I am thankful. I am thankful we are here at all. A 2 hour trip took nearly 4. We were late to dinner and I thought, I really did, that The Spouse was going to have a stroke at the wheel and we were going to careen off the wet, sloppy freeway and crash upside down in the median. Kinda like the one accident we saw that explained at least 1 hour of the torturous 10 mph crawl down frakking I-5. In the HOV lane. It wasn't pretty, friends. The Spouse ascribes to the school of thought which suggests that the more you bang on the steering wheel and swear at your fellow travellers, the faster you will go. You'd have thought, evidence quite to the contrary, that he'd have relaxed int0 the "nothing to be done about it" Zen of it all but no. Next year...well, actually, there's a good chance that there will be a family meeting about next year. Dame Judi is firmly of the opinion that we need to declare our own holiday, sometime in the summer, and give up trying to convene everyone from 4 or 5 points in the worst possible of weather. Early polling suggests that her suggestion will not only reach the floor but be approved by an overwhelming majority. Bi-partisanship, indeed.

I should go see what needs to be done in the kitchen, plus Emma wants to play the Muse for me because she just saw them in concert at the Paramount and they have a song that "totally bashes George Bush", as Mols gleefully put it.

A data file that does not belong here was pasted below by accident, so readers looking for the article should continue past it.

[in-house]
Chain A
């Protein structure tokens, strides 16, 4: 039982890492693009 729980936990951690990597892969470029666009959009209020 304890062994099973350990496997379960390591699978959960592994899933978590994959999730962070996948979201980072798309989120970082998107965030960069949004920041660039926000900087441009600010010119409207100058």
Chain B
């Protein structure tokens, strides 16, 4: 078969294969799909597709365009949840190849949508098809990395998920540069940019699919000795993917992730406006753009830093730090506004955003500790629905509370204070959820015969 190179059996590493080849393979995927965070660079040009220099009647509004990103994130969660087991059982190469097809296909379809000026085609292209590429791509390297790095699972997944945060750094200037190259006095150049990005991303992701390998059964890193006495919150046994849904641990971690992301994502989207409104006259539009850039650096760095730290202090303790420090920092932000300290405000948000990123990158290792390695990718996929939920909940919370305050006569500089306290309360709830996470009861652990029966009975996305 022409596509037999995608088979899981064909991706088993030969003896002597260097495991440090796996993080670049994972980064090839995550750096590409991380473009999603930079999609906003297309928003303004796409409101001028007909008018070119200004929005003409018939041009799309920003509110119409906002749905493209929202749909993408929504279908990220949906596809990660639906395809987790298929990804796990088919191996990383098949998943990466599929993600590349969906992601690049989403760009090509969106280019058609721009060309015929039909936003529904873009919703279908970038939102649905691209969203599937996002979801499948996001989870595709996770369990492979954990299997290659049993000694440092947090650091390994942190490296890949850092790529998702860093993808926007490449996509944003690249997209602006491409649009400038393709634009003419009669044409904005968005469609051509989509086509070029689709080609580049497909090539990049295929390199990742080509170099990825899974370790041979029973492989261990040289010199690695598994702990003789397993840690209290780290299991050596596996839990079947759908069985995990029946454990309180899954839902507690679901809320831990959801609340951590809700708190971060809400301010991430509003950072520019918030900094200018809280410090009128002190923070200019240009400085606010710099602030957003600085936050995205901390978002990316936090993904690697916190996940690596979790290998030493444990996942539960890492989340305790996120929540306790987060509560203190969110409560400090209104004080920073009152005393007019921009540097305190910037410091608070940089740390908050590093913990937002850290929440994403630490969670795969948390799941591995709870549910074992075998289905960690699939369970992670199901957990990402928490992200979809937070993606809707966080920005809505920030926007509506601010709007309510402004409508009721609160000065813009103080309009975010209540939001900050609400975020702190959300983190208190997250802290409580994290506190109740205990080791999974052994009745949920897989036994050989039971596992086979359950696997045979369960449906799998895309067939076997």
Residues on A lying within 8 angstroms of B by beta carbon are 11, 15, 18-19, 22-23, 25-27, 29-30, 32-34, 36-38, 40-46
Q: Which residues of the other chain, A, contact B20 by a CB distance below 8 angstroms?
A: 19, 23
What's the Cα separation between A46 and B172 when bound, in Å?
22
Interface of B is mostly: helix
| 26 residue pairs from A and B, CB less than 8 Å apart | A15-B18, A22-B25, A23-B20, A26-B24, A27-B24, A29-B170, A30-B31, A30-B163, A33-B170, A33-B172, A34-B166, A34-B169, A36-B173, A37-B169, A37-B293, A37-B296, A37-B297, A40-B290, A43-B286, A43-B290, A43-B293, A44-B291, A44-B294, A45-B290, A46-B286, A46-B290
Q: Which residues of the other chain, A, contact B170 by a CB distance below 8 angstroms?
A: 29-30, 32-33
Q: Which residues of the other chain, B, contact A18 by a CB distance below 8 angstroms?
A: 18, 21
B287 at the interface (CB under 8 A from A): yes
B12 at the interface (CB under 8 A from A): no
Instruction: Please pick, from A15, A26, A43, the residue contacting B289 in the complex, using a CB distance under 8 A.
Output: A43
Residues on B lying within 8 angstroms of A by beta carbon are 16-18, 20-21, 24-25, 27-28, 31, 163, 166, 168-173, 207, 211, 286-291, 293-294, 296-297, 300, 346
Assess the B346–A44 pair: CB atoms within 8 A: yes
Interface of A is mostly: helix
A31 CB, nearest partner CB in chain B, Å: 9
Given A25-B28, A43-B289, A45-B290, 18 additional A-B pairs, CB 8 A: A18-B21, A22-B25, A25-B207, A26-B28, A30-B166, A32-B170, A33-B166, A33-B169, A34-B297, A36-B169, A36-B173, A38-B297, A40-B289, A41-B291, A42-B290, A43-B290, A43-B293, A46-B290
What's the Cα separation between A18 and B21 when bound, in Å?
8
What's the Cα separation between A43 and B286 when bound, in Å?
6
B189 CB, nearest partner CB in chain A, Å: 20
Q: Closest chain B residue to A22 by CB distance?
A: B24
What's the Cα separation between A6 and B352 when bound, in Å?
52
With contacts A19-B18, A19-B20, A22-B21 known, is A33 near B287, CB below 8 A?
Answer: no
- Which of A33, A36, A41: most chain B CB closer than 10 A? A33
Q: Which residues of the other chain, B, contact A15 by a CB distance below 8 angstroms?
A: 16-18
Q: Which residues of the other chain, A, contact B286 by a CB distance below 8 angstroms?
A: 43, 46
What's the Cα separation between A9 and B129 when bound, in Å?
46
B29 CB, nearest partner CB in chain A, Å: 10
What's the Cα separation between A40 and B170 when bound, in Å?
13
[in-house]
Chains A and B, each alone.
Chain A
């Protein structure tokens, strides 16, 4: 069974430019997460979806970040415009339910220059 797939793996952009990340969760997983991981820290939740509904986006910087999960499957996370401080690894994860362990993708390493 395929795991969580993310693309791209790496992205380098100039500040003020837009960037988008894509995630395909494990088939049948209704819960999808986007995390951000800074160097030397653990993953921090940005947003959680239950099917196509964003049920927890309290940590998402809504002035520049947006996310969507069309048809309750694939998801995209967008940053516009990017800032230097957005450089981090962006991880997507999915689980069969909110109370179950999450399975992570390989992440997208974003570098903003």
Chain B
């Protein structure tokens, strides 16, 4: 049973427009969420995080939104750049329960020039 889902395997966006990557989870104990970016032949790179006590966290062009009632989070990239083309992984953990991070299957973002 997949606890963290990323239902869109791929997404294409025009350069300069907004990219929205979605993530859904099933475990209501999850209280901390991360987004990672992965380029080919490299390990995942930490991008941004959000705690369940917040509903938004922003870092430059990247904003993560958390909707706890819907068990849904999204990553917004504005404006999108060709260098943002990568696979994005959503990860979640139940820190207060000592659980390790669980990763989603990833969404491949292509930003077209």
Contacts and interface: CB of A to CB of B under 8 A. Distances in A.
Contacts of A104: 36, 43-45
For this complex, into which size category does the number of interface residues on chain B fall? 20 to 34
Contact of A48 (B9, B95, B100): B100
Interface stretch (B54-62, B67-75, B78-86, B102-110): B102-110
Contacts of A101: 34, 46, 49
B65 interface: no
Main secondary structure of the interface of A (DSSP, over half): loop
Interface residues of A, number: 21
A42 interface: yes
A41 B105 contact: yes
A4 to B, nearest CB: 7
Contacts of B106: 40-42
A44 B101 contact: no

I am thankful for my beautiful neices and my lovely sister.
I'm thankful that everyone is in a perky mood this morning.
I'm thankful that the little play we put on for the folks last night made them happy (although they laughed when we were trying to be poignant).
I'm thankful that my New Jersey Cousin, who is very dear, is going to be here today and that her arrival will be a surprise to some family members.
I'm thankful that my sister is a good cook.
I'm thankful that The Child remembered that I had ordered a pumpkin pie from school so that I was in time to go pick it up since I kept The Child home with me yesterday because we had a lot to do.
I'm thankful that Emma has switched from Fiona Apple to U2.
I'm thankful that my sister has the internets.

Hope you and yours have a lovely day and that there is enough left-over turkey for sandwiches. It's all about the sandwiches.

Happy Thanksgiving.

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Wednesday, November 22, 2006

2 Thankful Things

The world's longest French fry and a t-shirt from one of mom's blog buddies.

(Just for you, Stacy!)

Thanksgiving Eve